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For Museumnacht Amsterdam 2016, Mediamatic invited me to develop the olfactory dating performance, Love Sweat Love. The public — playing a crucial role — activated the performance by collecting their body scents, as well as smelling and selecting their favourites from a large collection of body scents. They were guided through the smelling process by a short survey. For Odorama, I will unveil the insights into the affective perception of body scent that result from this performance.

See documentation here.

 

I will present work in progress on the affective perception and experience of perspiration, which started with the olfactory dating performance Love Sweat Love (2016). I will tackle the following questions: How do we affectively perceive human body scent we feel attracted to?
How to research affective perception of body scent through performance outside a laboratory setting? How to evaluate and interpret my survey accompanying Love Sweat Love that inquires into the affective perception and experience of perspiration?

 

  • 22 June 2017, Love Sweat Love: Affective and perceptual experience of human perspiration in AmsterdamHuman Olfaction conference, Max Planck Institute for Psycholinguistics (NL)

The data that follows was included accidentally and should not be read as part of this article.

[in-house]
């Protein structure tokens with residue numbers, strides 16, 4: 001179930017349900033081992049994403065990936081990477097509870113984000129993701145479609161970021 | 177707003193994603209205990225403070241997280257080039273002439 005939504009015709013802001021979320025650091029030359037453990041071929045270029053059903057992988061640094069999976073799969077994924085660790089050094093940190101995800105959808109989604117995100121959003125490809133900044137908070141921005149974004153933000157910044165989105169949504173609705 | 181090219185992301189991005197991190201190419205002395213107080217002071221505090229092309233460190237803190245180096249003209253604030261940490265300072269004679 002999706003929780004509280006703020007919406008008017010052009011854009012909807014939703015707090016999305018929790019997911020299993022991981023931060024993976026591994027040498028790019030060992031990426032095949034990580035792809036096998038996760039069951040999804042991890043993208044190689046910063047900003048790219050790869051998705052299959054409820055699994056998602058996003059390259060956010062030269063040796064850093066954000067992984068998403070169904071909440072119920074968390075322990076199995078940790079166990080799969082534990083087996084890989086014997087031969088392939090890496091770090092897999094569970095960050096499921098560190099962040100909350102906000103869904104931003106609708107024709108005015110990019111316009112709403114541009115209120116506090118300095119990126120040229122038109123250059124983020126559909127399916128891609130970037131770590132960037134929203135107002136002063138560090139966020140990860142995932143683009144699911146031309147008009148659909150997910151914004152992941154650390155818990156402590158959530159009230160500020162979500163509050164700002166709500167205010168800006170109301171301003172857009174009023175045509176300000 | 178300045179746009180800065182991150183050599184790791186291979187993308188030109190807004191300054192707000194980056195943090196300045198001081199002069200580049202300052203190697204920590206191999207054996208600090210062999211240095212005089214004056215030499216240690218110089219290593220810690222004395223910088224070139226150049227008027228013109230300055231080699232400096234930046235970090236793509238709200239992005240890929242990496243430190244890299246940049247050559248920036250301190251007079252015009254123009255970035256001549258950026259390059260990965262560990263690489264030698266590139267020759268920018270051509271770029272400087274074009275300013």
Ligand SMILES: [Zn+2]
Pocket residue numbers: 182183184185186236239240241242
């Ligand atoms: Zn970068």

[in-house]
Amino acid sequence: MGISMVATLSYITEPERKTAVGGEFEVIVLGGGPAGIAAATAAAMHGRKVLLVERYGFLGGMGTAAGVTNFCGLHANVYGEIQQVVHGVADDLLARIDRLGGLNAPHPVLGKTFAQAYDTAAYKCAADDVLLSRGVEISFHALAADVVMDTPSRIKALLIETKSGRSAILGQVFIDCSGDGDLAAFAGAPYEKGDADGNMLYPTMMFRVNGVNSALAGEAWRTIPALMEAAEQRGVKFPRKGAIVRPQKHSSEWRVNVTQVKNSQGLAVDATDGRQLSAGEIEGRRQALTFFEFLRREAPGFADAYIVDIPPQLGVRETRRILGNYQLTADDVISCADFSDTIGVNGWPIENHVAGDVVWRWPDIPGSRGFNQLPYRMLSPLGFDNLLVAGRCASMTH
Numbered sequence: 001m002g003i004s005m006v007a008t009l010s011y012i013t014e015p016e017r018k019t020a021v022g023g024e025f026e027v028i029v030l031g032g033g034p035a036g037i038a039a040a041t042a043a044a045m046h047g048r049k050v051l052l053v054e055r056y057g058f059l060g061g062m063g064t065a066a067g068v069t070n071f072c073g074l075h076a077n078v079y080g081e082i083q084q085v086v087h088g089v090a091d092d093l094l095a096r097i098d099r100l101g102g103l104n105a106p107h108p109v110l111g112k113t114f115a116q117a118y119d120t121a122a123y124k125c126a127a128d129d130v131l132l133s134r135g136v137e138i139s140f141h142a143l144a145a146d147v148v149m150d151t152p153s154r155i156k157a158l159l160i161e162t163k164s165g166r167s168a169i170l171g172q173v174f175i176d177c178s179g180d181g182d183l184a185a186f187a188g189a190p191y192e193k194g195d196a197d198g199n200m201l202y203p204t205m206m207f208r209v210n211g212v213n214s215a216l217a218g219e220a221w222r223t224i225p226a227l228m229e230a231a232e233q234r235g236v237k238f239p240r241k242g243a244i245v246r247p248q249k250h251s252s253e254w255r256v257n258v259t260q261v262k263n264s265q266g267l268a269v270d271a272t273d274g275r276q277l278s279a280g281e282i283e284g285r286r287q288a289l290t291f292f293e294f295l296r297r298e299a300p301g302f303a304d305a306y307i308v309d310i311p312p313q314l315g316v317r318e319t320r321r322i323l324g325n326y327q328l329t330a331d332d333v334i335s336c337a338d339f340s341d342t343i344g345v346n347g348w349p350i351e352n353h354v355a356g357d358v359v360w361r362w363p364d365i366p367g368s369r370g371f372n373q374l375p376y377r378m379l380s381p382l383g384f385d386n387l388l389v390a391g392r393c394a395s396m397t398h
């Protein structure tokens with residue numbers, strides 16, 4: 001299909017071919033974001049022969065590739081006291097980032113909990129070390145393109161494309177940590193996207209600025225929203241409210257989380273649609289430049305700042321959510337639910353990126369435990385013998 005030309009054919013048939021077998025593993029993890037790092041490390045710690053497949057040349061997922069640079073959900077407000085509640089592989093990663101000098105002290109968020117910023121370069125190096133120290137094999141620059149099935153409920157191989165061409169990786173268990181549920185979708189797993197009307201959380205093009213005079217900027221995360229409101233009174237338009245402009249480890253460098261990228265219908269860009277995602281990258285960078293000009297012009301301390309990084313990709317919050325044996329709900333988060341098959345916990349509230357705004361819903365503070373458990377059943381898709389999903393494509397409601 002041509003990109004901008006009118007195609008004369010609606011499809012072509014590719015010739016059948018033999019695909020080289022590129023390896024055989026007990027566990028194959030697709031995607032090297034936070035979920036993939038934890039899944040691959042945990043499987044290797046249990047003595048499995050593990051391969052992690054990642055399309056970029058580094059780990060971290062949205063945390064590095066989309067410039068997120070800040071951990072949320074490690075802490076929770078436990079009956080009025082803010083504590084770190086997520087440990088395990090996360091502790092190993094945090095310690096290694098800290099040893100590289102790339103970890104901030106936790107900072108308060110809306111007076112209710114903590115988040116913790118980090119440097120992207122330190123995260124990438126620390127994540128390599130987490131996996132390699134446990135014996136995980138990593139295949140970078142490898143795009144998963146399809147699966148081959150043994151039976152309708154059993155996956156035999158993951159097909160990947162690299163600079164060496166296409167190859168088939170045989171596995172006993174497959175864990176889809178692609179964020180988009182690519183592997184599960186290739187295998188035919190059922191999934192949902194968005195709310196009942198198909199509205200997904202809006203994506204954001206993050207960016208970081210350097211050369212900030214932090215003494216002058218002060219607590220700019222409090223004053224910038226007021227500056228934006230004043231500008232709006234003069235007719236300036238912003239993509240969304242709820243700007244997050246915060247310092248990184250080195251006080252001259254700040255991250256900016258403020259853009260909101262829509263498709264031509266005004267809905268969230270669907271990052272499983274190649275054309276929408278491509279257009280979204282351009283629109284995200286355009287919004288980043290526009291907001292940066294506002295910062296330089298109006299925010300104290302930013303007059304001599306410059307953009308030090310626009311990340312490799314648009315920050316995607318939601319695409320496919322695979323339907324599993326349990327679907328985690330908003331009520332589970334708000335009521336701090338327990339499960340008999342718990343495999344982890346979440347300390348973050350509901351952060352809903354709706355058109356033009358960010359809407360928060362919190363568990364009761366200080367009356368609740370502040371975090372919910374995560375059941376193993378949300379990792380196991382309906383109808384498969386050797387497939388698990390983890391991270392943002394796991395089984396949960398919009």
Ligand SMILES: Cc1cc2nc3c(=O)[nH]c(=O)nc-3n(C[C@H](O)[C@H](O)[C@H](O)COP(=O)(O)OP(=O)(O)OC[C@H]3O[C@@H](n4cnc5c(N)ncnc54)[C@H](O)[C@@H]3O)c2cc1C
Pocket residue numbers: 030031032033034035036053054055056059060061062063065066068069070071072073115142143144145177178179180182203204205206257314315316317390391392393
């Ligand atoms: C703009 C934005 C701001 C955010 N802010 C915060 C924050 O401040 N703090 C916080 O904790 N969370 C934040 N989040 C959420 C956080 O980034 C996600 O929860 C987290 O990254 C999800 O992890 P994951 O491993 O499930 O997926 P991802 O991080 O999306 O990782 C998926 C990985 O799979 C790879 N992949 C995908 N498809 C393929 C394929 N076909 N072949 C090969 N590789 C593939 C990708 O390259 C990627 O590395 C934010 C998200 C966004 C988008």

I presented part 1 of my artistic research on affective and perceptual experience within the framework of the olfactory dating performance Love Sweat Love (2016).

By outlining first results of the survey (roughly 300 participants) that was part of the performance, I illuminated participants’ feeling responses of attractively perceived perspiration samples of others. I focused specifically on feeling descriptions of participants who consider scent in a relationship as meaningful, thereby distinguishing between biological sex as well as the use and non-use of fragrance. To interpret the affective experiences, I drew upon the Geneva Emotion and Odor Scale (GEOS) (Chrea et al. 2009) as a tool for examining odor-evoked emotional experience. For details check out my poster.

For the future, I aim to evaluate all feeling responses, and to conceptualize the multiplicity of affective experience.

This research contributes both to the advancement of an aesthetics of the sense of smell, and to the continuous development of human olfactory perception-cognition.

Acknowledgements
Many thanks to Caro Verbeek for the invitation to Museumnight Amsterdam, and to Mediamatic for the collaboration on Love Sweat Love. The most important contributors to the realization of the survey result have been Kaustubh Srikanth (programming), Milan Groot and Alanna Lynch (data entry), Jennifer Schulte (methodology), and Sheraz Khan (poster design).